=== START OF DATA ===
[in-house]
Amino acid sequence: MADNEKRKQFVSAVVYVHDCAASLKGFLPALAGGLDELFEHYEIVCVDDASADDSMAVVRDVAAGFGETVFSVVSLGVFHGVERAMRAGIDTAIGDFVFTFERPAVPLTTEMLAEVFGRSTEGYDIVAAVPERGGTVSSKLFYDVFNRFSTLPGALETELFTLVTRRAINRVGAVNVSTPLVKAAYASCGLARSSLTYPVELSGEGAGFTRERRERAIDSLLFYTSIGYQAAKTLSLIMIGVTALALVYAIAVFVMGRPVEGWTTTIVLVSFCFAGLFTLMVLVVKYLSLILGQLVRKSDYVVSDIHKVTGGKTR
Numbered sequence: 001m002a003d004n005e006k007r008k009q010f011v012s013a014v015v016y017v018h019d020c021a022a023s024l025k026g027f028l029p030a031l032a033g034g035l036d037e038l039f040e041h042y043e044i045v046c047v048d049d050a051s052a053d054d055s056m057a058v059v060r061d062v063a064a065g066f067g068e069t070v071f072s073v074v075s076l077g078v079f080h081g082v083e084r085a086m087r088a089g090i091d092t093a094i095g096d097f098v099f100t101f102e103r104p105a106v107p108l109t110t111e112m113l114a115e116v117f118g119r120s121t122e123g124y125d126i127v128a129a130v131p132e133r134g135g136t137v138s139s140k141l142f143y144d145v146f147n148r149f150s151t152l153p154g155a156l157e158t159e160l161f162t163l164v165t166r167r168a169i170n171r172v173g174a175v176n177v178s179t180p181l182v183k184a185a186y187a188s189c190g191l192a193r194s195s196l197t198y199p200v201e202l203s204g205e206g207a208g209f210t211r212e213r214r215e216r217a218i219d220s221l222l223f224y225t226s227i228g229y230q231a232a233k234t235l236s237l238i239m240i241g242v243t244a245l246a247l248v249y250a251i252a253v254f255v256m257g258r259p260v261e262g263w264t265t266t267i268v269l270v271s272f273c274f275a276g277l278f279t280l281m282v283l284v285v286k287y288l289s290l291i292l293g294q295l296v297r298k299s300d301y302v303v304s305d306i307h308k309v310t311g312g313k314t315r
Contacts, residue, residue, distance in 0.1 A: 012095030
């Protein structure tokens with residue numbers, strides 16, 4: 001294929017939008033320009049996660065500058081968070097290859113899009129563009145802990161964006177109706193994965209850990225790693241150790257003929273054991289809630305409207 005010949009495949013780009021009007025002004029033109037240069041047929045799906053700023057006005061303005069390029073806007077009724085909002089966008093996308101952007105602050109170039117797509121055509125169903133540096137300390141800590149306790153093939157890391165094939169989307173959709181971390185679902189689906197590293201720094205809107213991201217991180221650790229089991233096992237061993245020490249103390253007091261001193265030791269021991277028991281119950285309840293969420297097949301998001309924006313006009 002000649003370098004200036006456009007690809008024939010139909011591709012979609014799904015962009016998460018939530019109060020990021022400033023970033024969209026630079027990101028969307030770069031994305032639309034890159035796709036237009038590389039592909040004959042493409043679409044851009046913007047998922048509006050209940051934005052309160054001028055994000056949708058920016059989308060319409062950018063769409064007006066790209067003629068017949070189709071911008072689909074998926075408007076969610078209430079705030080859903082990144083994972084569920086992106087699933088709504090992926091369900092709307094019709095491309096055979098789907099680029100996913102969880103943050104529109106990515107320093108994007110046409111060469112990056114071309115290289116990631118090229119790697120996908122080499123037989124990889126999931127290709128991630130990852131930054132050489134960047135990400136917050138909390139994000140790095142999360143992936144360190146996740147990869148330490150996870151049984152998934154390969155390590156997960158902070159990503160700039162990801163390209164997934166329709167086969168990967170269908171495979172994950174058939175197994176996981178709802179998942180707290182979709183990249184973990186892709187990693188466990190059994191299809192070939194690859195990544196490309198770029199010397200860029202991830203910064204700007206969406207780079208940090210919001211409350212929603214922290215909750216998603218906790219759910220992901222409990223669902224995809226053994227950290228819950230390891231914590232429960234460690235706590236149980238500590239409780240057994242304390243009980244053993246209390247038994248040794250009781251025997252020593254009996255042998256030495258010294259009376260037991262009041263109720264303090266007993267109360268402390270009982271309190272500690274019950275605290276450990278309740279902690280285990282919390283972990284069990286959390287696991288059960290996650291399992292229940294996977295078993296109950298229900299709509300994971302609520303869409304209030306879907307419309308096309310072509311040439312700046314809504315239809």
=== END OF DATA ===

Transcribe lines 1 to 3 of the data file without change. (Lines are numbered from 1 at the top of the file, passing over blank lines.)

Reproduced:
[in-house]
Amino acid sequence: MADNEKRKQFVSAVVYVHDCAASLKGFLPALAGGLDELFEHYEIVCVDDASADDSMAVVRDVAAGFGETVFSVVSLGVFHGVERAMRAGIDTAIGDFVFTFERPAVPLTTEMLAEVFGRSTEGYDIVAAVPERGGTVSSKLFYDVFNRFSTLPGALETELFTLVTRRAINRVGAVNVSTPLVKAAYASCGLARSSLTYPVELSGEGAGFTRERRERAIDSLLFYTSIGYQAAKTLSLIMIGVTALALVYAIAVFVMGRPVEGWTTTIVLVSFCFAGLFTLMVLVVKYLSLILGQLVRKSDYVVSDIHKVTGGKTR
Numbered sequence: 001m002a003d004n005e006k007r008k009q010f011v012s013a014v015v016y017v018h019d020c021a022a023s024l025k026g027f028l029p030a031l032a033g034g035l036d037e038l039f040e041h042y043e044i045v046c047v048d049d050a051s052a053d054d055s056m057a058v059v060r061d062v063a064a065g066f067g068e069t070v071f072s073v074v075s076l077g078v079f080h081g082v083e084r085a086m087r088a089g090i091d092t093a094i095g096d097f098v099f100t101f102e103r104p105a106v107p108l109t110t111e112m113l114a115e116v117f118g119r120s121t122e123g124y125d126i127v128a129a130v131p132e133r134g135g136t137v138s139s140k141l142f143y144d145v146f147n148r149f150s151t152l153p154g155a156l157e158t159e160l161f162t163l164v165t166r167r168a169i170n171r172v173g174a175v176n177v178s179t180p181l182v183k184a185a186y187a188s189c190g191l192a193r194s195s196l197t198y199p200v201e202l203s204g205e206g207a208g209f210t211r212e213r214r215e216r217a218i219d220s221l222l223f224y225t226s227i228g229y230q231a232a233k234t235l236s237l238i239m240i241g242v243t244a245l246a247l248v249y250a251i252a253v254f255v256m257g258r259p260v261e262g263w264t265t266t267i268v269l270v271s272f273c274f275a276g277l278f279t280l281m282v283l284v285v286k287y288l289s290l291i292l293g294q295l296v297r298k299s300d301y302v303v304s305d306i307h308k309v310t311g312g313k314t315r